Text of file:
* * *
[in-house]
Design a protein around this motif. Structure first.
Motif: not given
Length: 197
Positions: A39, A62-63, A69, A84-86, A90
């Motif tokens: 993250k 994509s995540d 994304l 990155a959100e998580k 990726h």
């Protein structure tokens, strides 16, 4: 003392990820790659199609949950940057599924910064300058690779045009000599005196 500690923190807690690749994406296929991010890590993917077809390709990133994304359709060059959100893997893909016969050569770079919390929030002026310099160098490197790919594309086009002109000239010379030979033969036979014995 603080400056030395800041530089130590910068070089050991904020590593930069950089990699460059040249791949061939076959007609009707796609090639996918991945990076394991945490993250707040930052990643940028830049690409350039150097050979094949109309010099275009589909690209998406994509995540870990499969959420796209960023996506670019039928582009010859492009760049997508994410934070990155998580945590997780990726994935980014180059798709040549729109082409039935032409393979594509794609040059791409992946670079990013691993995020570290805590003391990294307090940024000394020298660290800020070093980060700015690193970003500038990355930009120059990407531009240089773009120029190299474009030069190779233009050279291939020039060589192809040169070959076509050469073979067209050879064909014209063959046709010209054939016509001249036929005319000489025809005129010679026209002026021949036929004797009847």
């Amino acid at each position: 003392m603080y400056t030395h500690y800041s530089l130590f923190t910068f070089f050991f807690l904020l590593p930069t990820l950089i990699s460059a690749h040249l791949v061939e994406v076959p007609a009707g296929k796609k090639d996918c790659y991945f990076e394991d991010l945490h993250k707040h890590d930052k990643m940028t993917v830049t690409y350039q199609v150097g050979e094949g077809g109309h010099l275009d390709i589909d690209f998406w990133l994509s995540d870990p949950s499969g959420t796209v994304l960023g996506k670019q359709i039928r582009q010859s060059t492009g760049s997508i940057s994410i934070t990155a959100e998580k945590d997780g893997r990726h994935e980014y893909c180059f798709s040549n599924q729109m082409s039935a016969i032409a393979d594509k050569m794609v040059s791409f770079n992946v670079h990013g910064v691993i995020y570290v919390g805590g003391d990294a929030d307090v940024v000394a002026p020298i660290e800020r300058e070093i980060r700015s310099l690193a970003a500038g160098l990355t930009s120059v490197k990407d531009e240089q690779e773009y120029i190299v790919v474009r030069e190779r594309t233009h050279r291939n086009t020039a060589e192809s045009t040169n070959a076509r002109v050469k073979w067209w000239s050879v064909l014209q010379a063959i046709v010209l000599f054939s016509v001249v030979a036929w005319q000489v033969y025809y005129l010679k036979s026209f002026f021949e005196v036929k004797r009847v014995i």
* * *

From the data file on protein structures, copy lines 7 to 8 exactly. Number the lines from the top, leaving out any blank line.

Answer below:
């Protein structure tokens, strides 16, 4: 003392990820790659199609949950940057599924910064300058690779045009000599005196 500690923190807690690749994406296929991010890590993917077809390709990133994304359709060059959100893997893909016969050569770079919390929030002026310099160098490197790919594309086009002109000239010379030979033969036979014995 603080400056030395800041530089130590910068070089050991904020590593930069950089990699460059040249791949061939076959007609009707796609090639996918991945990076394991945490993250707040930052990643940028830049690409350039150097050979094949109309010099275009589909690209998406994509995540870990499969959420796209960023996506670019039928582009010859492009760049997508994410934070990155998580945590997780990726994935980014180059798709040549729109082409039935032409393979594509794609040059791409992946670079990013691993995020570290805590003391990294307090940024000394020298660290800020070093980060700015690193970003500038990355930009120059990407531009240089773009120029190299474009030069190779233009050279291939020039060589192809040169070959076509050469073979067209050879064909014209063959046709010209054939016509001249036929005319000489025809005129010679026209002026021949036929004797009847």
């Amino acid at each position: 003392m603080y400056t030395h500690y800041s530089l130590f923190t910068f070089f050991f807690l904020l590593p930069t990820l950089i990699s460059a690749h040249l791949v061939e994406v076959p007609a009707g296929k796609k090639d996918c790659y991945f990076e394991d991010l945490h993250k707040h890590d930052k990643m940028t993917v830049t690409y350039q199609v150097g050979e094949g077809g109309h010099l275009d390709i589909d690209f998406w990133l994509s995540d870990p949950s499969g959420t796209v994304l960023g996506k670019q359709i039928r582009q010859s060059t492009g760049s997508i940057s994410i934070t990155a959100e998580k945590d997780g893997r990726h994935e980014y893909c180059f798709s040549n599924q729109m082409s039935a016969i032409a393979d594509k050569m794609v040059s791409f770079n992946v670079h990013g910064v691993i995020y570290v919390g805590g003391d990294a929030d307090v940024v000394a002026p020298i660290e800020r300058e070093i980060r700015s310099l690193a970003a500038g160098l990355t930009s120059v490197k990407d531009e240089q690779e773009y120029i190299v790919v474009r030069e190779r594309t233009h050279r291939n086009t020039a060589e192809s045009t040169n070959a076509r002109v050469k073979w067209w000239s050879v064909l014209q010379a063959i046709v010209l000599f054939s016509v001249v030979a036929w005319q000489v033969y025809y005129l010679k036979s026209f002026f021949e005196v036929k004797r009847v014995i």